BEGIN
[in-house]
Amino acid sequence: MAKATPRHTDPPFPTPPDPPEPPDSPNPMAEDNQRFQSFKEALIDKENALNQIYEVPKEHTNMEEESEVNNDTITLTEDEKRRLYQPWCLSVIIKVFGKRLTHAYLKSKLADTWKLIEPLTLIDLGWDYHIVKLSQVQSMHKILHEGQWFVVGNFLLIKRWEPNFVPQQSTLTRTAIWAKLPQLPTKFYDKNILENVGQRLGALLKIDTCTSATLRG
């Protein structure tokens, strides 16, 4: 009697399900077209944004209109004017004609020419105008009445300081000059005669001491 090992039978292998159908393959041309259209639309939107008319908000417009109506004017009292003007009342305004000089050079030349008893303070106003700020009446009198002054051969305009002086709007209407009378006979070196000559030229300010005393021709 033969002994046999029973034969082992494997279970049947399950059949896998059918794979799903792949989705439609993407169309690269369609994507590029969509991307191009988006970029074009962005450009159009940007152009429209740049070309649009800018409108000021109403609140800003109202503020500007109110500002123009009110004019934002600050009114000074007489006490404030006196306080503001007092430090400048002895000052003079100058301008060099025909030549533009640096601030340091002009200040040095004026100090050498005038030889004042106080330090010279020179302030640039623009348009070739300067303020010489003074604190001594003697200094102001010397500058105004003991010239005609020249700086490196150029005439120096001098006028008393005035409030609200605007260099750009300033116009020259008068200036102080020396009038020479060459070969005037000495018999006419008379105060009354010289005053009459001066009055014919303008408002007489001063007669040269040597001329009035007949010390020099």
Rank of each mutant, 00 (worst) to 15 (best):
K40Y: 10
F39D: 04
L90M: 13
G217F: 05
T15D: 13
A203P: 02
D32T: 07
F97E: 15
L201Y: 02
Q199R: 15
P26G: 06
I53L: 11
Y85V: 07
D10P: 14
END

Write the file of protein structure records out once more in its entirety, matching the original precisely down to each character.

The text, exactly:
[in-house]
Amino acid sequence: MAKATPRHTDPPFPTPPDPPEPPDSPNPMAEDNQRFQSFKEALIDKENALNQIYEVPKEHTNMEEESEVNNDTITLTEDEKRRLYQPWCLSVIIKVFGKRLTHAYLKSKLADTWKLIEPLTLIDLGWDYHIVKLSQVQSMHKILHEGQWFVVGNFLLIKRWEPNFVPQQSTLTRTAIWAKLPQLPTKFYDKNILENVGQRLGALLKIDTCTSATLRG
């Protein structure tokens, strides 16, 4: 009697399900077209944004209109004017004609020419105008009445300081000059005669001491 090992039978292998159908393959041309259209639309939107008319908000417009109506004017009292003007009342305004000089050079030349008893303070106003700020009446009198002054051969305009002086709007209407009378006979070196000559030229300010005393021709 033969002994046999029973034969082992494997279970049947399950059949896998059918794979799903792949989705439609993407169309690269369609994507590029969509991307191009988006970029074009962005450009159009940007152009429209740049070309649009800018409108000021109403609140800003109202503020500007109110500002123009009110004019934002600050009114000074007489006490404030006196306080503001007092430090400048002895000052003079100058301008060099025909030549533009640096601030340091002009200040040095004026100090050498005038030889004042106080330090010279020179302030640039623009348009070739300067303020010489003074604190001594003697200094102001010397500058105004003991010239005609020249700086490196150029005439120096001098006028008393005035409030609200605007260099750009300033116009020259008068200036102080020396009038020479060459070969005037000495018999006419008379105060009354010289005053009459001066009055014919303008408002007489001063007669040269040597001329009035007949010390020099």
Rank of each mutant, 00 (worst) to 15 (best):
K40Y: 10
F39D: 04
L90M: 13
G217F: 05
T15D: 13
A203P: 02
D32T: 07
F97E: 15
L201Y: 02
Q199R: 15
P26G: 06
I53L: 11
Y85V: 07
D10P: 14